So if Kevin Durant is overrated, it’s for the best possible reasons: Because he’s genuinely nice, cool, committed to his craft, and captivatingly so. The world isn’t such a bad place if this is what causes someone to get a little too much renown.
But I’m here to wet blanket the recent buzz, less as an attack dog and more as an awed observer of how one man can spawn a cult of personality in two consecutive summers.
Oh, you don’t remember the last Summer of Durant? Way back in 2010, KD presaged a supposed league takeover by showing Turkish players what for. Back then, many observers shaped his excellent performance against (mostly) non-NBA talent into a story about a man conquering more than just Ersan Ilyasova. Kevin had evolved. He had learned how to win, how to lead and how to marry kind humility with the blood-lusty killer instinct of a depraved assassin warrior patriot. Obviously, putting ball-through-hoop on the world stage equalled a personality transformation that would propel him to better put ball-through-hoop at home.
Well, Durant went into 2010-2011 with the MVP as his to lose and promptly…lost it. It was not that Kevin played poorly. Far from it, a PER of nearly 24 does an All Star do. It’s just that his season made the summer look like a mirage (it was). It’s just that NBA players seen through the lens of D-League opposition may seem more improved than reality would confess.
Another year and it’s the same story–but not quite. Kevin Durant has gone from winning far flung not-NBA-games, to dominating grass roots not-NBA-games. And again, it’s helping to foment “best future player” talk.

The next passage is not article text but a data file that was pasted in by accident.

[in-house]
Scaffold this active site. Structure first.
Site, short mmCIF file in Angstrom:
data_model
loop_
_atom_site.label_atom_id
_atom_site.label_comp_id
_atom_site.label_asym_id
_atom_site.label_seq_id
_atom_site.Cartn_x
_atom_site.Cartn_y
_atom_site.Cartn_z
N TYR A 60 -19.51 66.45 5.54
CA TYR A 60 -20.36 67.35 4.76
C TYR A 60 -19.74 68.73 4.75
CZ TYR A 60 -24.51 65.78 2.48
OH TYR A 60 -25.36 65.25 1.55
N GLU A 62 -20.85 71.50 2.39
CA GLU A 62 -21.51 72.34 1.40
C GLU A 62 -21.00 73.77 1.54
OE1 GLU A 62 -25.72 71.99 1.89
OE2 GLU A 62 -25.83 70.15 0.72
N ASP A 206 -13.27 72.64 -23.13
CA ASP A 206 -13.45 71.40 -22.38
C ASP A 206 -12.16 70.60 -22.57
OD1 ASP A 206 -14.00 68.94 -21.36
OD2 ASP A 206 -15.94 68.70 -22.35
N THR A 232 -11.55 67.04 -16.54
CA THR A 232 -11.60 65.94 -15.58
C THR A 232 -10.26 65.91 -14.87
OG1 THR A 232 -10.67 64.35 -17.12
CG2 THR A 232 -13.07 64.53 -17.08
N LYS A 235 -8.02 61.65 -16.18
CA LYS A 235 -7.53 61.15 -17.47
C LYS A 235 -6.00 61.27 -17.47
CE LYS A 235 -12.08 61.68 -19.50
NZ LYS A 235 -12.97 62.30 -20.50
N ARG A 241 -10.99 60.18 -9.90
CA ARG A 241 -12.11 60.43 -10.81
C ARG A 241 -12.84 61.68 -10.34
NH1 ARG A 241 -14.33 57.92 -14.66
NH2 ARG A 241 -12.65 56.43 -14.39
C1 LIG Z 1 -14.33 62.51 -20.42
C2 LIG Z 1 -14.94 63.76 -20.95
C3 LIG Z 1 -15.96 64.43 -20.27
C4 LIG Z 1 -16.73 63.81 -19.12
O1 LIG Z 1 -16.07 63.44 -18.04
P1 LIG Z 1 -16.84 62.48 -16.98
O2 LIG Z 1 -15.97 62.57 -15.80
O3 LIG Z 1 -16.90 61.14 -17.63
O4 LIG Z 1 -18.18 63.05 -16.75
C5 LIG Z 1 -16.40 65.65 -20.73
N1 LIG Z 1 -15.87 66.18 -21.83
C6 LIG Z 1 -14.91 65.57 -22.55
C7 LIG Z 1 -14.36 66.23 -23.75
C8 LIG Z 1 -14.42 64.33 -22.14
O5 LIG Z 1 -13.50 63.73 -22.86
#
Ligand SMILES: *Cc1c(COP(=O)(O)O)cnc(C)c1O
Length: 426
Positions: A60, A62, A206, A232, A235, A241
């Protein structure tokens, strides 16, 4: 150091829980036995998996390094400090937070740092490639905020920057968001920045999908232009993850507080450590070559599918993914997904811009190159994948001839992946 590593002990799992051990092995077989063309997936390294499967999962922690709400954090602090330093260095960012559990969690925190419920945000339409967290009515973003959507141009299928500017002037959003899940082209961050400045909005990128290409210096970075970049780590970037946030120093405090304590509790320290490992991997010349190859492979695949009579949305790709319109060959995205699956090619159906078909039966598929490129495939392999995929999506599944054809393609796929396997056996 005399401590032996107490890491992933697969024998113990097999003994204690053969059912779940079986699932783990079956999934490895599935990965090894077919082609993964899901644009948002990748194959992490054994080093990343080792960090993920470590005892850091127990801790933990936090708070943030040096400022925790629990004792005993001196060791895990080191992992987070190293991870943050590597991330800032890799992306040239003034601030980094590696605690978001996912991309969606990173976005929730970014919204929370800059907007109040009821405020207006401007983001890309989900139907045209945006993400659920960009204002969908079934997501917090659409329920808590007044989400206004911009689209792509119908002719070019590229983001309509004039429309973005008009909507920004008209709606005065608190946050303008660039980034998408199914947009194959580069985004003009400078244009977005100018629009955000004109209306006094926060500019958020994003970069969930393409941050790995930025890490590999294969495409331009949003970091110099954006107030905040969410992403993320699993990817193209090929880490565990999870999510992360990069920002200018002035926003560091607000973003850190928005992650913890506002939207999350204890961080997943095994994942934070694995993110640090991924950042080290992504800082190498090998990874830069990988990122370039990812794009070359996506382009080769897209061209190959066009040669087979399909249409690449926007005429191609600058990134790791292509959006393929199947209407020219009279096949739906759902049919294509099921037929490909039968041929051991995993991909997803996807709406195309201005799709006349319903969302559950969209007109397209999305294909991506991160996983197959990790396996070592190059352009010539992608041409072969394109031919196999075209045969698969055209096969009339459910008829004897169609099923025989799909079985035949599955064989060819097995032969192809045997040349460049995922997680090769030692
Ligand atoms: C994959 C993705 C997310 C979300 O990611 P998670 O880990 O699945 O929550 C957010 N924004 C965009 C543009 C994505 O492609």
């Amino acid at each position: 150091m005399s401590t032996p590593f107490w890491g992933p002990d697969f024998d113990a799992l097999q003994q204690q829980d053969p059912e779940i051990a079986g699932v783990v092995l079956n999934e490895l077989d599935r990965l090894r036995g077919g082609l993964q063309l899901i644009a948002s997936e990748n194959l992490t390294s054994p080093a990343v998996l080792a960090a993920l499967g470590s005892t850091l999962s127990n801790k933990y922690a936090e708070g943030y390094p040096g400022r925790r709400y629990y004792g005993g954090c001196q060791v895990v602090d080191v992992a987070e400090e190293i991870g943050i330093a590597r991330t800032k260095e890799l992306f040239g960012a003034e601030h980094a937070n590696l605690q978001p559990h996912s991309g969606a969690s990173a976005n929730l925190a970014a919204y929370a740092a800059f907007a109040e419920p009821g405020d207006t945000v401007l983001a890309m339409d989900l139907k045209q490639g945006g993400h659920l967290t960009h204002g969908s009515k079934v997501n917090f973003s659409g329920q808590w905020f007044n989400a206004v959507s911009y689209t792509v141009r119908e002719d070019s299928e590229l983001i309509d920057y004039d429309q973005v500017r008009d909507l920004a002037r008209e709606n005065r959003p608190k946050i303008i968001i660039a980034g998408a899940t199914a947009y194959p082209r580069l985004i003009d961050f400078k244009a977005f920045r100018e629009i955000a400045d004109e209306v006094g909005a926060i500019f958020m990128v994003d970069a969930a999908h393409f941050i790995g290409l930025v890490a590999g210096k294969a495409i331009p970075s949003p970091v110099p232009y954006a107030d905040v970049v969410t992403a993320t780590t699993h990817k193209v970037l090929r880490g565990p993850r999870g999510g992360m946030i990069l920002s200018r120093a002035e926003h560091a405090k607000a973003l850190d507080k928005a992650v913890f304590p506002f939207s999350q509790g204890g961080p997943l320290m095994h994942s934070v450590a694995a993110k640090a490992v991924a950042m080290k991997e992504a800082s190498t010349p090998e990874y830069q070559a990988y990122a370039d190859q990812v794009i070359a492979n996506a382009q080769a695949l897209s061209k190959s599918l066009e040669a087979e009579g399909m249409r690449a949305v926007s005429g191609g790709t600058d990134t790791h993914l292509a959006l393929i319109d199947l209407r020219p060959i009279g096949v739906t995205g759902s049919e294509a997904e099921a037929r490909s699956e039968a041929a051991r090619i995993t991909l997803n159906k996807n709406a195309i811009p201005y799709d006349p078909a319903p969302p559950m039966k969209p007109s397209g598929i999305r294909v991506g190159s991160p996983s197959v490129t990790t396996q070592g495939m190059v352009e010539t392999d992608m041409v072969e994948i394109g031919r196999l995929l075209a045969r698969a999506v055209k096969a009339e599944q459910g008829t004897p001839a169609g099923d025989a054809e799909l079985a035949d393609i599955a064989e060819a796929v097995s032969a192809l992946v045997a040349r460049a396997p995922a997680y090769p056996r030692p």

I draw no predictions about what these summer adventures mean for Durant’s future. My guess is that KD’s tendency to eviscerate the non-NBA speaks to how an awesome one-dimensional ability can thrive unhindered below the NBA strata. It helps that Durant is best at scoring, which is a fan’s fixation.
Think about it this way. KD struggles to create his own shot, relative to other superstars. He still manages to lead the league in scoring on mostly assisted jumpers. While some score easily on layups and dunks, he rakes in points by lofting difficult attempts over the best defenses. Durant somehow fills it up while only averaging 3.6 shots at the rim (73rd in the league).
So when the game comes easier–as it does in these summer days–he’s Harrison Bergeron unbound. Kevin’s one dimension is absolutely crushing when it faces no rebuttal. Durant’s shaky handle and lack of court vision mean nothing when his scoring brilliance is free to flex and shout.
KD’s inability to create should hold him back from becoming the league’s most effective player, though. I hope I’m wrong, because Durant is so fun to root for. But it’s a bit odd to predict “best” for a wing who has never tallied more assists than turnovers through four years in the league. “Consistently great” seems like a more realistic expectation.
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